Finally, Finchem tries to make the point that this is not a question of money, but of performance. But, all of the above inadequacies are a result of inadequate funding. And that inadequate funding is due to decisions made by the Arizona Legislature. They are the ones after all, who affected the highest cuts in per pupil funding in the nation from 2008 to 2014. They are also the ones who seem to think that having an educational performance ranking between 38th and 44th (depending on who you ask) is a good enough return on investment for a 48th investment in per pupil funding and 50th in teacher salaries. But I really doubt the majority of parents think either the investment or the return is “good enough.” I certainly don’t, nor do I think many of our legislators are…starting with Smith, Leach and Finchem. #TimeForChange

7 thoughts on “The Voucher Expansion is Not About Our Kids!”

  1. linda your vote as well as mine are not enough. the white working class even white women vote republican. we must reach them (so far we have not) or the latino vote will have to do the job as they recently did to arpaio. you must be ready to explain why vouchers are bad idea for white working class not just teachers unions. it must be simple and direct so anyone can understand. kavenaugh says why are you against choice and you better have an answer that appeals to white working class.

  2. Why do you oppose parental choice, a better student fit, state general fund savings (according to our nonpartisan budget staff,) district savings when underfinded special ed students leave for private schools and some evidence of improved performance for students who use vouchers?

    • We were up to our neck in school “choice ” already. It’s laughable that somehow district special Ed students will leave for private schools. Charters and privates will do their best to discourage special Ed students with the idea, “we just don’t have the ability to serve your child”, a much more likely refrain, leaving the high cost with district schools. And who said the State taxpayers are required to fund everyone’s choice, when the State Constitution prohibits state tax funds for private religious instruction. Oh, we’ll be just like drug dealers, we’ll launder the money, we won’t call them vouchers. Voila! Clean money, but still state money for religious schools. And don’t forgot, hopefully with your court packing scheme, John, the one party dictatorship innoculated this mess. Betsy DeVos’s dark money investments have paid off well. All these schemes resemble Putin’s methods. A truly tragic day in Arizona.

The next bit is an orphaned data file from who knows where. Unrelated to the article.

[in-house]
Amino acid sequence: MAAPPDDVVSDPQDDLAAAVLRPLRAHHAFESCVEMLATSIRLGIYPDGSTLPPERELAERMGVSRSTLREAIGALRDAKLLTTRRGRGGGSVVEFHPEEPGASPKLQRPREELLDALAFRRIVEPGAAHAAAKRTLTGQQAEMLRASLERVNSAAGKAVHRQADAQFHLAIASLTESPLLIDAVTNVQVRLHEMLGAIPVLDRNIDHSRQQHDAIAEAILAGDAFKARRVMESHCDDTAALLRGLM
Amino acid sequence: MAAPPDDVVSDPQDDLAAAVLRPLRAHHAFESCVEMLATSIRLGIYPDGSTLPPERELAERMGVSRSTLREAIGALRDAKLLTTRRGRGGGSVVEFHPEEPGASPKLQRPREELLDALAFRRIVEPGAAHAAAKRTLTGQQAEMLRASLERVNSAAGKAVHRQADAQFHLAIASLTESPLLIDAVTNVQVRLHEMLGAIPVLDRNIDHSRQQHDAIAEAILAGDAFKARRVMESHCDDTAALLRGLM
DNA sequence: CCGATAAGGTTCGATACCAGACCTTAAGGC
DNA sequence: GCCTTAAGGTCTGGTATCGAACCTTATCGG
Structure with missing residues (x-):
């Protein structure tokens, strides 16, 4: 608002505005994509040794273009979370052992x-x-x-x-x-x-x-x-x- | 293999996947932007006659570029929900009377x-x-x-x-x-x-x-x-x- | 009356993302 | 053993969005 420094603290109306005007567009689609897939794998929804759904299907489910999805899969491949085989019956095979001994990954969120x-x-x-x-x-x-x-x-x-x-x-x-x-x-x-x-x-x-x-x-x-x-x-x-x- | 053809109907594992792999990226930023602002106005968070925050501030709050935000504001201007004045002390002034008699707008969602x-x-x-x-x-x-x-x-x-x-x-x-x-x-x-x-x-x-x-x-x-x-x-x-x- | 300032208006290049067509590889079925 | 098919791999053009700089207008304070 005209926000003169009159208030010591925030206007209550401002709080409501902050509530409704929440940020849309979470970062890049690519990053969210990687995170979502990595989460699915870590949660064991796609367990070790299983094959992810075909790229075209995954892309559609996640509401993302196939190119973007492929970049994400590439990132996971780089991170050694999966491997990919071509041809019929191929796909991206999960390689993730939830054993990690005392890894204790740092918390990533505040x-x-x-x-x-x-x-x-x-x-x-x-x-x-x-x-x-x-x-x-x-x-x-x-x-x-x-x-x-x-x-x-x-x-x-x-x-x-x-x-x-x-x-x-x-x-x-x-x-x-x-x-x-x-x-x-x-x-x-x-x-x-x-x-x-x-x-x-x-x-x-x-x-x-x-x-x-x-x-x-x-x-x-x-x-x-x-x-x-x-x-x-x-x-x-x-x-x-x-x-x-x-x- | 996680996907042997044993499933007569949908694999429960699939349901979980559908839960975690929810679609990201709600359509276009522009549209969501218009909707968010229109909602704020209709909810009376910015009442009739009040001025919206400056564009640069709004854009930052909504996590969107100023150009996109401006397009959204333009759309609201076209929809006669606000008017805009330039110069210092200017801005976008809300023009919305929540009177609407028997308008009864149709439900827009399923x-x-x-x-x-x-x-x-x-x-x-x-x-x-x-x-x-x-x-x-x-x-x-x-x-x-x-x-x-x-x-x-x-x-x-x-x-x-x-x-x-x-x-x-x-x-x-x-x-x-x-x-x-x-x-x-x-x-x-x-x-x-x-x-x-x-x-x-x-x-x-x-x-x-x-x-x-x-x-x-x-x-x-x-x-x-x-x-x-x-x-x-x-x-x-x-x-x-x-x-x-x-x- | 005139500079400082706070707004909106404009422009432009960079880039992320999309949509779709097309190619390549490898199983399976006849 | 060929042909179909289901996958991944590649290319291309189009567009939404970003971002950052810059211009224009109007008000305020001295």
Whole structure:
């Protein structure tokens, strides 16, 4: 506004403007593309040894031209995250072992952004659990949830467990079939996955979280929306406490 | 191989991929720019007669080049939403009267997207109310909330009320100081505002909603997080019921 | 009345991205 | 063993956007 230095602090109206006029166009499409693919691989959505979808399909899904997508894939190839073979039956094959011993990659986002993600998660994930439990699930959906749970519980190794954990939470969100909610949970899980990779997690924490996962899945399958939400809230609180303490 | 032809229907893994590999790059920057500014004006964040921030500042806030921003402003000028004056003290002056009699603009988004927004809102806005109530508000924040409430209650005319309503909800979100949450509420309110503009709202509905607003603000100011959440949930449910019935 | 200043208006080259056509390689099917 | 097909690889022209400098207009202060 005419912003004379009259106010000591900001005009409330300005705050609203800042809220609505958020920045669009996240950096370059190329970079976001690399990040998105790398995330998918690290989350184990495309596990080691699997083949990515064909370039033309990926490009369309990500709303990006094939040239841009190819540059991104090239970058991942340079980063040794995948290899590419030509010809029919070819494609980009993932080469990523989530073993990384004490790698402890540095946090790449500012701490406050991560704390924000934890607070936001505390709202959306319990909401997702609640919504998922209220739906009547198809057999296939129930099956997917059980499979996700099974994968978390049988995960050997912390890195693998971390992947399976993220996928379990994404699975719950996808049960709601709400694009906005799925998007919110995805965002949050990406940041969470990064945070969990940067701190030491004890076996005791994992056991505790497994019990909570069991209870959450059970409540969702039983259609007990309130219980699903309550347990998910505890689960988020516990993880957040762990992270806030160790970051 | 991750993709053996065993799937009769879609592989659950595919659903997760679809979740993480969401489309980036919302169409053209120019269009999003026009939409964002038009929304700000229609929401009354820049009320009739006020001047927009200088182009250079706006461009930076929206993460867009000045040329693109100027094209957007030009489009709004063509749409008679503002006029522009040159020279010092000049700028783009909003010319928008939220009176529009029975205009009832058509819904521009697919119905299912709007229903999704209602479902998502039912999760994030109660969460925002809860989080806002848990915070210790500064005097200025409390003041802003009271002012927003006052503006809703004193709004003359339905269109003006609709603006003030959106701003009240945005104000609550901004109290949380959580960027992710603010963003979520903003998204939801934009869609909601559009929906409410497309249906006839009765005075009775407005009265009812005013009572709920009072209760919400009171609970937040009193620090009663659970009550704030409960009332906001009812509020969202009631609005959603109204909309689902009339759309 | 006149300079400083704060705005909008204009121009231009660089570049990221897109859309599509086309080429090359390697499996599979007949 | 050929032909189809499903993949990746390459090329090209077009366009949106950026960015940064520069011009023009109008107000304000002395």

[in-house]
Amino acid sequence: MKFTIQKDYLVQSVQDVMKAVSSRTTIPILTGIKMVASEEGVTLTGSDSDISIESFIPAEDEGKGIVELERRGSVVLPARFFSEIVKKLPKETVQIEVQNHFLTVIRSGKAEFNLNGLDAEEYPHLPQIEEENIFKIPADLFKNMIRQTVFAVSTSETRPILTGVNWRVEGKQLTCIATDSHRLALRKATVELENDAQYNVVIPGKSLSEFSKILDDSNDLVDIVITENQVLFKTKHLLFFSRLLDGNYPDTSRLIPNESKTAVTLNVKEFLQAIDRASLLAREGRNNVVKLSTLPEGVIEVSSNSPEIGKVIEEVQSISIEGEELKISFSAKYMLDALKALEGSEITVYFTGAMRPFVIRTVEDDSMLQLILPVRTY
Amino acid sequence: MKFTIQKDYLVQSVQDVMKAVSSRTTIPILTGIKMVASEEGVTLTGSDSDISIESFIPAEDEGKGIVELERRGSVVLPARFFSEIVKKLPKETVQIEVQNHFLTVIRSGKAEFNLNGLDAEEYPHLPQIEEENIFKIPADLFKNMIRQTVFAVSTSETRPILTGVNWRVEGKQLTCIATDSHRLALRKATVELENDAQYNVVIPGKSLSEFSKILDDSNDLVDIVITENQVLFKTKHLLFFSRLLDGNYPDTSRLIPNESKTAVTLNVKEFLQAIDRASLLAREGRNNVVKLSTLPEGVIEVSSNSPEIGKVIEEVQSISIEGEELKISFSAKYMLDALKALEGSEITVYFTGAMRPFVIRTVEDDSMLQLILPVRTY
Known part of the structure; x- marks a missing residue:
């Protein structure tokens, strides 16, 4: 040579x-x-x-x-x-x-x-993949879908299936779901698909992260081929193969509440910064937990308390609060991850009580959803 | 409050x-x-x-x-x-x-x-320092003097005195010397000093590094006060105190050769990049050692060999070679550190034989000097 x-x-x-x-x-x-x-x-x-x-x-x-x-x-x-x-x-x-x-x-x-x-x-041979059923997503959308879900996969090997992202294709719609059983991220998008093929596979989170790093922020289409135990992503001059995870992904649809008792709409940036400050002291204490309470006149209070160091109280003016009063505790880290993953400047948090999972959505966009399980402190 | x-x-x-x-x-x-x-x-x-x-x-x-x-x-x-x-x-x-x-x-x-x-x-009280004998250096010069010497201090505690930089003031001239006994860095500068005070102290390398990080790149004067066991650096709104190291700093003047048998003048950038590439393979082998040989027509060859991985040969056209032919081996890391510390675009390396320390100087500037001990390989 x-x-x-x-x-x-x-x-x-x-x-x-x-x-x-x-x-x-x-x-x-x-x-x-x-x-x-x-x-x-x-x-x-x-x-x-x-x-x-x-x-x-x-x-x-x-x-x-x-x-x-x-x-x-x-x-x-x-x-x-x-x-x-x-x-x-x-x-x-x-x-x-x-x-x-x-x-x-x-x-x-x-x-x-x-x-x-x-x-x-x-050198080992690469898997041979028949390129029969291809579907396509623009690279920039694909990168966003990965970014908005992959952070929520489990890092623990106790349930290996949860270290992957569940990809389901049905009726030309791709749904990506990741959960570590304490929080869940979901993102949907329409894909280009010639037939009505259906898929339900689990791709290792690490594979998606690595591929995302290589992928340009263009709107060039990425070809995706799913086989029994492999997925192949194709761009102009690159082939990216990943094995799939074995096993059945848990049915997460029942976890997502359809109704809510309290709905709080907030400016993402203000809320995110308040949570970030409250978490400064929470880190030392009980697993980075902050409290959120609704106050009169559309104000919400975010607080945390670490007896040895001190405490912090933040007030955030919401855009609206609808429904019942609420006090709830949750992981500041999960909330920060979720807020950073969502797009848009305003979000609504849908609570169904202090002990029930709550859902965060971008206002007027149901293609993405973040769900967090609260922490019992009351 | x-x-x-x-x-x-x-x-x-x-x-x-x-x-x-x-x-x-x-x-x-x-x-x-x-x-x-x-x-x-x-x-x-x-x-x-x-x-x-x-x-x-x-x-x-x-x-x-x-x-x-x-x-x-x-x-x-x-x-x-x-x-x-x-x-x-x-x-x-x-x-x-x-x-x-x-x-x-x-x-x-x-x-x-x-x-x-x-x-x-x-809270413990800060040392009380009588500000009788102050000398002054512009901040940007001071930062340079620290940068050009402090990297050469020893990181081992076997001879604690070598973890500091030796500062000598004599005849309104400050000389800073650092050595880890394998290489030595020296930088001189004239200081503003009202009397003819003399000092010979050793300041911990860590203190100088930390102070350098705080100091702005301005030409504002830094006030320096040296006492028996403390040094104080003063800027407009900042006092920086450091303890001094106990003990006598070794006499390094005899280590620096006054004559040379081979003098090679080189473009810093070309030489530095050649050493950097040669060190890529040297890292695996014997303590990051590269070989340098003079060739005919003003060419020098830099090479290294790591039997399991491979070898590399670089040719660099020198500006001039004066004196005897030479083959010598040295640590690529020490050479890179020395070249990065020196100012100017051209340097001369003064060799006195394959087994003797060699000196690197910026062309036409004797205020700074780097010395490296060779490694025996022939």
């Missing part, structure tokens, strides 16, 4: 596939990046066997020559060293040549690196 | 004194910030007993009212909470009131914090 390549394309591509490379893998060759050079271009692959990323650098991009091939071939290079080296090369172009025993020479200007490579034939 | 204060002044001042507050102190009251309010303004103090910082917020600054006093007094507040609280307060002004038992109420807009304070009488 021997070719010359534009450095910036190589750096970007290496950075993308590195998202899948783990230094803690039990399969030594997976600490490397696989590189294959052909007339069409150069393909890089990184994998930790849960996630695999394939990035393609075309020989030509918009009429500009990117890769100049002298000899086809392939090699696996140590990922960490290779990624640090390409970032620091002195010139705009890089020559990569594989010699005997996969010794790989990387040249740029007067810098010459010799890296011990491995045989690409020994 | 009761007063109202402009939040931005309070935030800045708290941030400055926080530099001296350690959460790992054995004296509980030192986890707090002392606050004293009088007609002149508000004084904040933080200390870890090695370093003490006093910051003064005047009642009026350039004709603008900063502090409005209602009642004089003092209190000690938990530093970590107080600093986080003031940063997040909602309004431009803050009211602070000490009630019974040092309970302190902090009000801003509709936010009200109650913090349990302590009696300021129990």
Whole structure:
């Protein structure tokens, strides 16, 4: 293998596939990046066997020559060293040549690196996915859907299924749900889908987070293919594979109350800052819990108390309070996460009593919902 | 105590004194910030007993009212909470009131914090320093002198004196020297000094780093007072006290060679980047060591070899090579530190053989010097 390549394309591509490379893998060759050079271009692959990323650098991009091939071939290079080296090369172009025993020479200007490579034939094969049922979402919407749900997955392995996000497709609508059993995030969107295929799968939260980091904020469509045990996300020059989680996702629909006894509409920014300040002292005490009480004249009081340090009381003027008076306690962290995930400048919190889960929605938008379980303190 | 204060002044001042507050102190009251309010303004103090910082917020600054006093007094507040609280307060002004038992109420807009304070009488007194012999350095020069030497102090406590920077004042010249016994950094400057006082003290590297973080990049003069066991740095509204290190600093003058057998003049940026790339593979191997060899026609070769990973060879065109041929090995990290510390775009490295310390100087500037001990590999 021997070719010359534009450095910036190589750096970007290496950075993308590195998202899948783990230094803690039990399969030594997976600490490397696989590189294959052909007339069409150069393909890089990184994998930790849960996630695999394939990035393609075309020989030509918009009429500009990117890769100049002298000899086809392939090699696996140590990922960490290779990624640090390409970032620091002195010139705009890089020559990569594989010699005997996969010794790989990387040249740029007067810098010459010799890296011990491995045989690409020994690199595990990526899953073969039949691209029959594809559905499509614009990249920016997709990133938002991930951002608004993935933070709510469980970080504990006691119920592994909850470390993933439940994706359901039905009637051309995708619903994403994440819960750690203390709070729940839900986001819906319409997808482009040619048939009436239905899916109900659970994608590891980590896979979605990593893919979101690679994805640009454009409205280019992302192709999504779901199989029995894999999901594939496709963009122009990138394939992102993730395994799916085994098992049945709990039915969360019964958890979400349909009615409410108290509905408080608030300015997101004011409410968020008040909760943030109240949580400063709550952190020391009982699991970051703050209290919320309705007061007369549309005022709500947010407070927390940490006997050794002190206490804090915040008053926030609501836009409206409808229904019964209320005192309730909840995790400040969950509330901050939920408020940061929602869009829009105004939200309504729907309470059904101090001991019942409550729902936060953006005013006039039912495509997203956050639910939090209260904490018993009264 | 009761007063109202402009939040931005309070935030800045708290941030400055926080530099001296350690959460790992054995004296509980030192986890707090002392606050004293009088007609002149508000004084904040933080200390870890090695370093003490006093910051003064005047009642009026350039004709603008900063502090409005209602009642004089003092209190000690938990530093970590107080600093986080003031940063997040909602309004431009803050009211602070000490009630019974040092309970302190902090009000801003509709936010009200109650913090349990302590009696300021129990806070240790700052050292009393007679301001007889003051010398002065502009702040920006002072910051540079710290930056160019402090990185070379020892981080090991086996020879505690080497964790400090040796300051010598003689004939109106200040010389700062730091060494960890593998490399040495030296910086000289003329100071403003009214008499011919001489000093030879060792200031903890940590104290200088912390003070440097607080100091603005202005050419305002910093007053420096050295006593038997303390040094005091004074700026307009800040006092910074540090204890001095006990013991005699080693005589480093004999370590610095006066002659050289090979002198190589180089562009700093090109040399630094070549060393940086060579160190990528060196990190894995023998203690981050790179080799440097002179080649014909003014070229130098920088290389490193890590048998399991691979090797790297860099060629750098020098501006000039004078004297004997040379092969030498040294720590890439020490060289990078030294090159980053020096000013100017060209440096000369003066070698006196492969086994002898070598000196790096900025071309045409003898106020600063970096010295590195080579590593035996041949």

• Even if we take these rosy best-case-scenario arguments as true, it will still be the case that, among other things:

      1) Large swaths of taxpayer dollars currently funding district schools will be funneled to support inframarginal families – parents who were already going to choose private schools, meaning that there is no tangible benefit for the state from these dollars, and a loss of funding that is now being diverted from district schools to the private sector.

      2) The people who will be on the margin are very largely white, upper-middle class families who can bridge the gap between the average cost of tuition at private schools and what the vouchers will cover. Arizona ranks near the bottom in per-pupil funding, and only a portion of that funding actually comes from the state (as opposed to local or district taxes).

      3) It will also hurt rural voters, who are unlikely to have additional choices because there are no private or charter institutions currently operating in entire Arizona counties.

      4) In previous such expansions, school choice has really meant less ‘parental choice’ and more ‘school’s choice’. How many students are denied access to private schools based on religious preference, sexual orientation (of the student or parent), disability status, lower intellectual ability (either genetic, or the result of a lack of resources in the household)? What private (for-profit) institution is going to voluntarily admit a student who will be a net loss to the institution?

      I feel that if the goal is to encourage more equity and better outcomes, perhaps a better choice of policy instrument is to forbid the use of local property taxes for funding school districts, to prevent geographic segregation into the better-performing (richer, better-funded) districts, and work to make the educational funding formulae more equitable across districts.

      But that wouldn’t make money for the for-profits, and would mean less money being kicked back to the politicians’ campaign coffers (and their personal pocketbooks, in some cases). But that just wouldn’t be the American way, now would it?

    • ADI (a conservative-leaning outlet) reports that the Joint Legislative Budget Committee’s study of the ESA expansion would markedly *increase* state general fund outlays considerably:

      “According to that report, ‘the bill would increase state General Fund costs by $2.1 million in FY 2018, $5.8 million in FY 2019, $12.9 million in FY 2020, and $24.5 million when all prior public school students are eligible in FY 2021.'”

      So, which is it, Kavanagh? Or are you just talking out of your rear again?